The MHA Interpretive Center is located on the homelands of the Mandan, Hidatsa and Arikara Peoples. These three distinctly individual nations call this place home and share a common story after coming to live along the Missouri River.
The creation of the lake via the Garrison Dam forced the displacement of members of the Fort Berthold Indian Reservation from their villages of Van Hook and (old) Sanish, which were inundated by the creation of the lake. It's notable that predominantly white towns were purposefully spared by the Army Corps.
In 2003, the Mandan, Hidatsa and Arikara (MHA) Nation, was awarded federal funding along the Lewis and Clark Trail. Unfortunately, the Tribe ran out of funds to build the complex. 14 years later, with newfound wealth derived from Tribally owned oil wells, the project came back to life. Almost 20 years after the first design meeting, the facility is now complete.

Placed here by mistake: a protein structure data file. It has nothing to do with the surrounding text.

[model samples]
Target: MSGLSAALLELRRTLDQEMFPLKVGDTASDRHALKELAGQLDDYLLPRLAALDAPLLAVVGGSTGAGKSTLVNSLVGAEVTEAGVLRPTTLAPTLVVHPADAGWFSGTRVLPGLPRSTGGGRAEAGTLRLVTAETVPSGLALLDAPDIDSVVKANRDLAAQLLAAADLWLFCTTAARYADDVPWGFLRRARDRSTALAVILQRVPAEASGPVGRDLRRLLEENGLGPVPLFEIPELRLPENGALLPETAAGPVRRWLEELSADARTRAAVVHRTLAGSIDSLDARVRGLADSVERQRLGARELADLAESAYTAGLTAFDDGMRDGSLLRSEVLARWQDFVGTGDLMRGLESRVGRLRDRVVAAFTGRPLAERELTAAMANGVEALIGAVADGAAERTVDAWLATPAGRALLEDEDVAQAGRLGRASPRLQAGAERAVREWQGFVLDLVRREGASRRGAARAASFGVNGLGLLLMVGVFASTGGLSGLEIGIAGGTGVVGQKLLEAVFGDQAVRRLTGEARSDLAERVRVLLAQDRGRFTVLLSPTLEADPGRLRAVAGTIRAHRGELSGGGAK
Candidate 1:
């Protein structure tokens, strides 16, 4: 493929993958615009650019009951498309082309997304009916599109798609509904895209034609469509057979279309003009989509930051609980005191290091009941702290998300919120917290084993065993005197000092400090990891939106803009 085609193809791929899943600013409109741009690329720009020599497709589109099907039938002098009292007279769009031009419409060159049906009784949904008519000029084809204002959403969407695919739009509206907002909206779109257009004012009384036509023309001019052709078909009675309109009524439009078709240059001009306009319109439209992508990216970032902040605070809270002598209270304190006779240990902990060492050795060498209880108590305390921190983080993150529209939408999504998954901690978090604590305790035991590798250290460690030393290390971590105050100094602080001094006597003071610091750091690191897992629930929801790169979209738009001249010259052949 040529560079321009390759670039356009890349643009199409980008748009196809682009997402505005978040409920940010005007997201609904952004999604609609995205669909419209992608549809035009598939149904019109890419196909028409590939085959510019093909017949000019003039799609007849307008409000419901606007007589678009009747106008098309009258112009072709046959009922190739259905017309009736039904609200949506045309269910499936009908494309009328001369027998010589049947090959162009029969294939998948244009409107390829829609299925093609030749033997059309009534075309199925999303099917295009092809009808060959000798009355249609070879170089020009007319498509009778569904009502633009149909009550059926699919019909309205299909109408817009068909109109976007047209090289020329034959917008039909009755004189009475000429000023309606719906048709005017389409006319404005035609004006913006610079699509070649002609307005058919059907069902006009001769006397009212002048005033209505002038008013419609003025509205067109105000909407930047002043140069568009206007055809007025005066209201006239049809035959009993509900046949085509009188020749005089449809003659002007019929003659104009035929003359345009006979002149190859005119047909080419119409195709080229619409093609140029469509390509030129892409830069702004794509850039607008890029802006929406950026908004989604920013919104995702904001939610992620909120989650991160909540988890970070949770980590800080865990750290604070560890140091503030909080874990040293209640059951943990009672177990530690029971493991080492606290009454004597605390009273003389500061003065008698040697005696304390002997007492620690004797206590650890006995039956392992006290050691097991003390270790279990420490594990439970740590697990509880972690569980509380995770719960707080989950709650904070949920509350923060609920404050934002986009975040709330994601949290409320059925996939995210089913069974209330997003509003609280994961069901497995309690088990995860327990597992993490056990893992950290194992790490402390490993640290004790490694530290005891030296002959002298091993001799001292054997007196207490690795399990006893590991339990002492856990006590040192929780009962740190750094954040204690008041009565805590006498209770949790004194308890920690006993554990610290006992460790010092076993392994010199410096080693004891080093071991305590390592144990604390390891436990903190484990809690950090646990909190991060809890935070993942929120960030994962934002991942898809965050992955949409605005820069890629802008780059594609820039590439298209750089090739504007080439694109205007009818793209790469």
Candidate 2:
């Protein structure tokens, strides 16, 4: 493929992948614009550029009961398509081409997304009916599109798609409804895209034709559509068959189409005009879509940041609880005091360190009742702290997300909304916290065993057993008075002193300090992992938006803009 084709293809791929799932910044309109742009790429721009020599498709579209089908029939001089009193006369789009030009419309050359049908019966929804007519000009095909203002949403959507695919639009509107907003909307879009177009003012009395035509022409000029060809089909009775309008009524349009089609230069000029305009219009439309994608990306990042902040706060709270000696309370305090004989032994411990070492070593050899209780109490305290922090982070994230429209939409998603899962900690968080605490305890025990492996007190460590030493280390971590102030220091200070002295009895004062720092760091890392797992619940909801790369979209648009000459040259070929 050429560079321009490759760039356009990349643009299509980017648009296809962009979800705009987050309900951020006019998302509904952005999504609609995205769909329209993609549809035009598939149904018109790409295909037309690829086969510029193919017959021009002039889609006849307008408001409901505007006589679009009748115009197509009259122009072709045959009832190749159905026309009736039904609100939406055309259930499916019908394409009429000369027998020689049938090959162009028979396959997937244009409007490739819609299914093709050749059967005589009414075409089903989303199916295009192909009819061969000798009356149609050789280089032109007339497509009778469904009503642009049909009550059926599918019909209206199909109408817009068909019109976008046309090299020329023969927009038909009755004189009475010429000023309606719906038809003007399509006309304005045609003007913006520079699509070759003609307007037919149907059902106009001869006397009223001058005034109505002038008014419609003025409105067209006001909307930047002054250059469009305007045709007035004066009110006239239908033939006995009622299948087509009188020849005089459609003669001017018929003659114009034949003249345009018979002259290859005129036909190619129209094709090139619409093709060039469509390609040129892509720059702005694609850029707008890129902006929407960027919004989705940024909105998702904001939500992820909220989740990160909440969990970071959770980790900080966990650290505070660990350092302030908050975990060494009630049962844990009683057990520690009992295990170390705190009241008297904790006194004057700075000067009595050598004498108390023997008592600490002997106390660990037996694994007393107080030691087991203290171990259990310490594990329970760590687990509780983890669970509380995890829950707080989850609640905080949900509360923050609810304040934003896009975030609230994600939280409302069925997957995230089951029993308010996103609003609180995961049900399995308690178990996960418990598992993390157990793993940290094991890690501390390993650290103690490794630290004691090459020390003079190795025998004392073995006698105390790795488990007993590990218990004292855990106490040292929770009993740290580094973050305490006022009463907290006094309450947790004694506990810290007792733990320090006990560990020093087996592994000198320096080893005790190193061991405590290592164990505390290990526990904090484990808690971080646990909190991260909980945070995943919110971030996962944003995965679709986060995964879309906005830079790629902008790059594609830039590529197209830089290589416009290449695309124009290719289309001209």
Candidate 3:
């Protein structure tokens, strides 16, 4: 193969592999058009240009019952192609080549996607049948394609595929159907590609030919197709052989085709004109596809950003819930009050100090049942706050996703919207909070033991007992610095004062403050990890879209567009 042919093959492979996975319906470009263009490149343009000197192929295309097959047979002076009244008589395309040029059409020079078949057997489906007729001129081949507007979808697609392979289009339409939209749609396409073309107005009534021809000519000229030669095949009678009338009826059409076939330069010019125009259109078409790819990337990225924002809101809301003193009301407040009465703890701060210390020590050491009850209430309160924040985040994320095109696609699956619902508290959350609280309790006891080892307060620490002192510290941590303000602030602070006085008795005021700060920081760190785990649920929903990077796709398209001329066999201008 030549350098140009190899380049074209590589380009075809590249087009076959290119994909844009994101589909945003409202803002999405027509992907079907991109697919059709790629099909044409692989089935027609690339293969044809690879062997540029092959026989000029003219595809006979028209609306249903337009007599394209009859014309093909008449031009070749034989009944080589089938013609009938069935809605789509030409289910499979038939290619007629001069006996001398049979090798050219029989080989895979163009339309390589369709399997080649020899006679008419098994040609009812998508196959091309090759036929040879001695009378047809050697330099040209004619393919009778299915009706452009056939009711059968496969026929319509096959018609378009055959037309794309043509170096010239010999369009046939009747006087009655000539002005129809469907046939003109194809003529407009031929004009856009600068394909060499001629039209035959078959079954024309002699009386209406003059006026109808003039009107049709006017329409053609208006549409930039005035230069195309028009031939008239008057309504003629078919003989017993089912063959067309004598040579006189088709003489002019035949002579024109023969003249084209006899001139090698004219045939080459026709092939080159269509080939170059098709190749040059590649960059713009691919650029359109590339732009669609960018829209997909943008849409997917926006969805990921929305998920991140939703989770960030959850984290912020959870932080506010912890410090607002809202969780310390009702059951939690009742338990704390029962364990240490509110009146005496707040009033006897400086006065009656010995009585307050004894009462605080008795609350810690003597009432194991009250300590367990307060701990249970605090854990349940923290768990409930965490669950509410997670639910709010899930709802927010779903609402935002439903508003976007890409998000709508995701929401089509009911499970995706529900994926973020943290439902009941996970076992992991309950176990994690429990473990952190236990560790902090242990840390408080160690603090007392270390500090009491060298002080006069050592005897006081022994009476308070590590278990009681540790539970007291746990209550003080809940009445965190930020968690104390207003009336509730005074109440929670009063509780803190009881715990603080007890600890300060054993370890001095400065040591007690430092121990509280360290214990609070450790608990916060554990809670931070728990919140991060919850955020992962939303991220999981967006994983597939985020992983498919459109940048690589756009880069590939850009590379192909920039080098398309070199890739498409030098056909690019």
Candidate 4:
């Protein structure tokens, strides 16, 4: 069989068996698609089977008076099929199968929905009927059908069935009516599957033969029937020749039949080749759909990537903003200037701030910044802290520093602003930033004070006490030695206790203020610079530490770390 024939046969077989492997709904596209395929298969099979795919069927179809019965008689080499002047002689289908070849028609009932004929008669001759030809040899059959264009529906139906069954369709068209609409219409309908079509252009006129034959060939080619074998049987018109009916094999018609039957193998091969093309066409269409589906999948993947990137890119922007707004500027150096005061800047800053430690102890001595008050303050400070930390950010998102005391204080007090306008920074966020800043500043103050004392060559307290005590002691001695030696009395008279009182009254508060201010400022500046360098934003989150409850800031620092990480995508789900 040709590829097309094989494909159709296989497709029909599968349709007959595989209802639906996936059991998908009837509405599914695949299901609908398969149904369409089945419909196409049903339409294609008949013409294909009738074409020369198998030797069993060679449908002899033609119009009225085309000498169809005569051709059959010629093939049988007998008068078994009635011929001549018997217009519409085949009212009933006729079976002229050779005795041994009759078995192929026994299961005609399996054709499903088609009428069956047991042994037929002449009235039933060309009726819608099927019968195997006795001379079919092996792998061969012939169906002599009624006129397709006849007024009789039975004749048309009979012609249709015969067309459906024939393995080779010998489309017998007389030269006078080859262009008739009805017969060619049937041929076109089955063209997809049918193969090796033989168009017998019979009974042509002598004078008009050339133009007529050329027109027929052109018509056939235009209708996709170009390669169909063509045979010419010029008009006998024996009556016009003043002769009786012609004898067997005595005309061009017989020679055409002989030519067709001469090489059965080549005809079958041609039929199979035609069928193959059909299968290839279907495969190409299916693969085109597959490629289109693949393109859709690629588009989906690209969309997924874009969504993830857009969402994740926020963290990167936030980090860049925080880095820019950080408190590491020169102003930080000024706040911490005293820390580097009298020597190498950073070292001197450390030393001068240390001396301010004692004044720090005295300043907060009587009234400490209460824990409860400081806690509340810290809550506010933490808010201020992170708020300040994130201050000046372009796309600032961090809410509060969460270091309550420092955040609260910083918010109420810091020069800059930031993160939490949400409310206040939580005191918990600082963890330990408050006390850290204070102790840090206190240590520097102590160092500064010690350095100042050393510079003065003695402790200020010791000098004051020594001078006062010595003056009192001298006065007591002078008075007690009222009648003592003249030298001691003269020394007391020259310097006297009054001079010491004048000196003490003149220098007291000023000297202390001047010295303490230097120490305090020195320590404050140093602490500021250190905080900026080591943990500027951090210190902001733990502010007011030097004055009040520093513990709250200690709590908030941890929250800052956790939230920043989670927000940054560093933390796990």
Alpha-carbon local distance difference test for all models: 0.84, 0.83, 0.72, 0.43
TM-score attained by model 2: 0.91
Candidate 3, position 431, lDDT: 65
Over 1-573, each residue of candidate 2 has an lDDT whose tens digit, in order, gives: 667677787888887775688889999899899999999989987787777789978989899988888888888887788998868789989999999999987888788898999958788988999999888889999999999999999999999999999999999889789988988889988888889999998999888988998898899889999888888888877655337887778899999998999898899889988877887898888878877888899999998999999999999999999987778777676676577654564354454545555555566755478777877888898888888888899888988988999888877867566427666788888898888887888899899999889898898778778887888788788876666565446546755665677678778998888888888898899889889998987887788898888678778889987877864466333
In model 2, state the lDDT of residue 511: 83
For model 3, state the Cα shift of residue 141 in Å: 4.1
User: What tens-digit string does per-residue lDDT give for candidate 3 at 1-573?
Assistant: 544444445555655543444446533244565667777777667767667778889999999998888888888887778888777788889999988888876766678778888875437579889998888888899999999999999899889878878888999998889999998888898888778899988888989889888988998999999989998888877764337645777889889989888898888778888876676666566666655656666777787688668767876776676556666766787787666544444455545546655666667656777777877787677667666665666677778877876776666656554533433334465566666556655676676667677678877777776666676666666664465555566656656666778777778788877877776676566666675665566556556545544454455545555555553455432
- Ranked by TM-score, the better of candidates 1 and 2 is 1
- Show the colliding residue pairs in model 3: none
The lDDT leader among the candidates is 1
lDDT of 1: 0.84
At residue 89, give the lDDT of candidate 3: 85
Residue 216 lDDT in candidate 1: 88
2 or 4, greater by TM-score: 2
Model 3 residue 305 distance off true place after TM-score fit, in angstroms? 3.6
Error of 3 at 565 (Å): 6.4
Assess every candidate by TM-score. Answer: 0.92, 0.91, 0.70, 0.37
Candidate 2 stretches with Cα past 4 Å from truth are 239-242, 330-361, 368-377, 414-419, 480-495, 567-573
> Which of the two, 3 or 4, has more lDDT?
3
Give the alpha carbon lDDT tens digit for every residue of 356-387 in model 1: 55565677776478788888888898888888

The intensive process between the three affiliated tribes was important because they needed to capture each of the three communities' interpretation of the timeline. How they got there. How they struggled. How they survived disease, displacement and flooding. How they were resilient.
Unique building features include:
- A museum-quality archive space makes it possible for the MHA Nation to repatriate items to bring them home.
- A sound recording studio for elders to share stories in their native languages.
- A representation of an earth lodge, important to the culture.
- Sustainability features were widely used in an effort to be energy efficient.
- There is a roof garden and native vegetation planted throughout the site to maximize passive solar energy and help with rainwater mitigation.
- The site takes advantage of geothermal energy to reduce the building's heating load.
- A solar array which offsets the energy costs of the building making it the second Net Zero energy building in North Dakota.